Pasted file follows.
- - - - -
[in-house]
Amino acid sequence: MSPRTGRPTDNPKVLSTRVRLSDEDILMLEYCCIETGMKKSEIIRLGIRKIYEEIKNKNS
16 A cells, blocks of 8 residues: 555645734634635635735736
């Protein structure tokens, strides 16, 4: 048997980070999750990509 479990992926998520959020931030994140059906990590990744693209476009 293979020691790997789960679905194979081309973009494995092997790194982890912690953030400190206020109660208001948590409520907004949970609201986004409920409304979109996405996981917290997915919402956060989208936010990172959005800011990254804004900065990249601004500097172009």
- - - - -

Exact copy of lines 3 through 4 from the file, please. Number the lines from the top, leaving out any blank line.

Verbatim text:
16 A cells, blocks of 8 residues: 555645734634635635735736
């Protein structure tokens, strides 16, 4: 048997980070999750990509 479990992926998520959020931030994140059906990590990744693209476009 293979020691790997789960679905194979081309973009494995092997790194982890912690953030400190206020109660208001948590409520907004949970609201986004409920409304979109996405996981917290997915919402956060989208936010990172959005800011990254804004900065990249601004500097172009």